My wife and I started trying for a baby in 2016. When she still didn’t fall pregnant nearly two years later we contacted our GP. After some tests, we were told the devastating news that we would be unable to conceive naturally. The only way if we wanted to have a child would be through IVF. This was due to male factor infertility. 

This was an extremely difficult time for me. I felt very alone because this is not something people speak about, especially men. I wish I had known about the male support group when I was going through this. It would have helped my mental health greatly.

We started the IVF process in early 2018, after numerous tests we were able to have ICSI in October 2018. Due to further complications my wife was unable to have an embryo transferred then, so we had to freeze them.

In February 2019, my wife had a Frozen Embryo Transfer. We were extremely lucky to have a successful pregnancy, and the birth of our son in October 2019.  

I have had a few group meetings on Zoom with the rest of the guys on the trip. I am very excited to be climbing with such a great group of guys. 

The thought of even being in the same country as Mt Everest let alone actually climbing part of it really excites me. I have been training since the beginning of Feb and have been doing 2 to 3 runs per week. But I don’t think this is going to fully prepare me for what’s to come. 

My job takes me all over the world and many flights. However, I am terrified of flying. The terrifying flight into Lukla airport is what scares me the most. The part I look forward to the most is spending time with the great guys on my trek and hearing their stories.”

You can donate to Jamie here  


Ciaran Hannington

“My wife and I always knew we may need some kind of intervention for us to have children due to my wife suffering from Polycystic Ovaries. It came as a complete shock to both of us when during routine tests it was discovered I had a low sperm count, morphology and motility. 

Initially, I was in denial, I was convinced that the doctors had it wrong and that I couldn’t possibly have fertility issues. However, after several rounds of ICSI it began to dawn on me that I was the cause of our issues. This came with a heavy burden. 

Over time I became more depressed and my mental health deteriorated. I fell hard! I looked for support networks but there were none. Despite my fertility journey now being over, I want to use my own experiences to raise awareness of male infertility. To show other men that it is ok to talk about it as well as give support to those that need it.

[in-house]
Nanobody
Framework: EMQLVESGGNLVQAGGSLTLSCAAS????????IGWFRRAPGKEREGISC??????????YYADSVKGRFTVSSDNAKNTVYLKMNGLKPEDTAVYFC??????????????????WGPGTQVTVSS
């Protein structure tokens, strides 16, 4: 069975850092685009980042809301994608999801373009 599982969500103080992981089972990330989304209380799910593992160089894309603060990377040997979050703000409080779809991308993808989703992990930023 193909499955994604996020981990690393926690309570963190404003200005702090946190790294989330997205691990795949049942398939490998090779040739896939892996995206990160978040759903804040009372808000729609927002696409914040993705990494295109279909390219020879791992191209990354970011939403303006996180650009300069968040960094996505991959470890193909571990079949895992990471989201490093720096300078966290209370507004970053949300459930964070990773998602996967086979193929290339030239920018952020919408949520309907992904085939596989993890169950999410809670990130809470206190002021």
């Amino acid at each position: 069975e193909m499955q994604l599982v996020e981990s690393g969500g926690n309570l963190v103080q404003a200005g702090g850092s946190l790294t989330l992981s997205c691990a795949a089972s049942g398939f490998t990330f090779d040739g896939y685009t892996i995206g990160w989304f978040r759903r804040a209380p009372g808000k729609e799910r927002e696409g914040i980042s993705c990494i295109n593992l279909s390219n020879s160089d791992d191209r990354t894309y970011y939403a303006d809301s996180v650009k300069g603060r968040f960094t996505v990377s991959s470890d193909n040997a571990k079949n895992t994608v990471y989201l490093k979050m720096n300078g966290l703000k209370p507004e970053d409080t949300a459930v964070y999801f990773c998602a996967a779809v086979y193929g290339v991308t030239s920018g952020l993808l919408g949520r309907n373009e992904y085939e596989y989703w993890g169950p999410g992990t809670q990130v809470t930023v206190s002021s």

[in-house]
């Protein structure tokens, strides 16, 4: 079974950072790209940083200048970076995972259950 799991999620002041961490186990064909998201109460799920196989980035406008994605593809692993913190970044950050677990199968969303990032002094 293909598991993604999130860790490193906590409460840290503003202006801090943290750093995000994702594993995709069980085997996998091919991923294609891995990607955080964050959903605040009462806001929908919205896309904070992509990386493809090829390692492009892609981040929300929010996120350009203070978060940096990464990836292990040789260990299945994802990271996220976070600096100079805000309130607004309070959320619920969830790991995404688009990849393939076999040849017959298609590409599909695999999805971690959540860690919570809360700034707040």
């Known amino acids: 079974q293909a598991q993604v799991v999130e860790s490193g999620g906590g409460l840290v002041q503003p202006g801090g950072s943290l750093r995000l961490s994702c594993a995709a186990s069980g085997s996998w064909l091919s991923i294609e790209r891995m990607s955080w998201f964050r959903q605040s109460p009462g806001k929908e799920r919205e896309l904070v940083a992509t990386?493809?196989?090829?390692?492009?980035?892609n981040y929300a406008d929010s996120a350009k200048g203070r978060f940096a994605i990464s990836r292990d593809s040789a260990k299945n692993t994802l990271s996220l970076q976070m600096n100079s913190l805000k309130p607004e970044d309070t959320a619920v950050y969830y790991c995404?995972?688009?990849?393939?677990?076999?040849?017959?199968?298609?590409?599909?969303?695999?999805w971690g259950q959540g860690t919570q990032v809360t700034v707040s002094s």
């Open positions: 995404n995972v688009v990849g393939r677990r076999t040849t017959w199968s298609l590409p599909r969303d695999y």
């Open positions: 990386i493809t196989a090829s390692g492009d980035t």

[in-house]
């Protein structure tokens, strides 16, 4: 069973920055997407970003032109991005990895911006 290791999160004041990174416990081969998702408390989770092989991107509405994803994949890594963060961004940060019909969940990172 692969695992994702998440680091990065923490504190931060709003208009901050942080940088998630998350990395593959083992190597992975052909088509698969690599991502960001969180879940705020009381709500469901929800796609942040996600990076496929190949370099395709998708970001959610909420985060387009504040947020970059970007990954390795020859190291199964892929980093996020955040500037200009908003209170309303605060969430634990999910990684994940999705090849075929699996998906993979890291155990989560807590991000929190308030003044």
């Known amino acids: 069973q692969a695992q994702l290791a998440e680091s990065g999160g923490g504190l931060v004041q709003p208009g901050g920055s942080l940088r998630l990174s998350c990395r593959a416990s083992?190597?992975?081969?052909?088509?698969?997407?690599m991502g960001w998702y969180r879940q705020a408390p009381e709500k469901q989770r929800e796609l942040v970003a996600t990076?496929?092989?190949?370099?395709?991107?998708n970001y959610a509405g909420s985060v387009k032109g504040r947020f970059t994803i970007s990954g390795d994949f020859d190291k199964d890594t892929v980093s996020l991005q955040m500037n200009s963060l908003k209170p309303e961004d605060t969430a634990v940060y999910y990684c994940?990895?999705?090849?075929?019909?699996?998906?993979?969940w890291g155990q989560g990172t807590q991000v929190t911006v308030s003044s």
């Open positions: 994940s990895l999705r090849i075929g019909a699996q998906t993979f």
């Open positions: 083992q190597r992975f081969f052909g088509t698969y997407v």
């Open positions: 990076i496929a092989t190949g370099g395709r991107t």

The #basecampforfertility challenge is giving all involved a fantastic platform to raise awareness and highlight the importance of talking and addressing male infertility.

As an avid mountaineer in my younger years, I never got to visit the Himalayas. I’m looking forward to the views and looking up at the highest mountain in the world. On the flip side though, two and a bit weeks away from my family is going to be tough. It will be the longest time I have been away from them ever and will be a true challenge.”

You can donate to Ciaran here

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Wearing tight pants and underwear

Studies show that men who wear looser underwear have higher sperm concentration and total sperm count compared to men who wear tighter underwear. So, lose the tight clothes and wear something loose to give your testicles some air.

CONCLUSION: learn more about how heat can affect sperm quality here.


Besides higher mortality rate and various diseases, stress is associated with low sperm quality. Stress is known to be associated with lower testosterone levels and oxidative stress with both playing an essential role in producing and maintaining healthy sperm cells.

CONCLUSION: If you feel stressed, we recommend you get some help so you can have a balanced mental health. For a stress management guide, download the ExSeed app for free and start your personalized action plan today.

Physical activity

Scientific studies show that men who are physically active have better semen parameters than men who are inactive. Fertility specialists also state that regular physical activity has beneficial impact on sperm fertility parameters and such a lifestyle can enhance the fertility status of men.

Prioritizing exercise can help improve your overall health and result in healthy, fast swimming sperm cells that have good chances of fertilizing an egg.

CONCLUSION: Try incorporating exercise in your weekly schedule to you ensure exercising at least twice weekly. We recommend a combination of cardio training and strength exercise. Read more about exercise and male fertility on our blog.